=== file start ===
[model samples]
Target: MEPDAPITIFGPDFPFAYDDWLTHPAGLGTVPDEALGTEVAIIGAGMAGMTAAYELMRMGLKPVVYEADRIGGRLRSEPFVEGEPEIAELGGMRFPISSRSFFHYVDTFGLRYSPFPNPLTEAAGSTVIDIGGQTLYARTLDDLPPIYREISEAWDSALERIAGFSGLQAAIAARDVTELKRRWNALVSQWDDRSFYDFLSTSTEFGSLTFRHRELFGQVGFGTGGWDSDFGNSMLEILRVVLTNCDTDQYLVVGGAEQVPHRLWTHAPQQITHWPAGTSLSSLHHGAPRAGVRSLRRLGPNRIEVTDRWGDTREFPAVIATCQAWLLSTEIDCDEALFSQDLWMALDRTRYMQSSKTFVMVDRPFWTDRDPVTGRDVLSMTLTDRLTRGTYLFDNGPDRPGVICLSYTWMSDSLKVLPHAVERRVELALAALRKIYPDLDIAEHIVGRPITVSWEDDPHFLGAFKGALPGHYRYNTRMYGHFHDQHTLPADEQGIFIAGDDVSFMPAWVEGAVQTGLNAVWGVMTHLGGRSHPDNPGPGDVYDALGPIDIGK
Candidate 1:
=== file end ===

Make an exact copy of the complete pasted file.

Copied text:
[model samples]
Target: MEPDAPITIFGPDFPFAYDDWLTHPAGLGTVPDEALGTEVAIIGAGMAGMTAAYELMRMGLKPVVYEADRIGGRLRSEPFVEGEPEIAELGGMRFPISSRSFFHYVDTFGLRYSPFPNPLTEAAGSTVIDIGGQTLYARTLDDLPPIYREISEAWDSALERIAGFSGLQAAIAARDVTELKRRWNALVSQWDDRSFYDFLSTSTEFGSLTFRHRELFGQVGFGTGGWDSDFGNSMLEILRVVLTNCDTDQYLVVGGAEQVPHRLWTHAPQQITHWPAGTSLSSLHHGAPRAGVRSLRRLGPNRIEVTDRWGDTREFPAVIATCQAWLLSTEIDCDEALFSQDLWMALDRTRYMQSSKTFVMVDRPFWTDRDPVTGRDVLSMTLTDRLTRGTYLFDNGPDRPGVICLSYTWMSDSLKVLPHAVERRVELALAALRKIYPDLDIAEHIVGRPITVSWEDDPHFLGAFKGALPGHYRYNTRMYGHFHDQHTLPADEQGIFIAGDDVSFMPAWVEGAVQTGLNAVWGVMTHLGGRSHPDNPGPGDVYDALGPIDIGK
Candidate 1: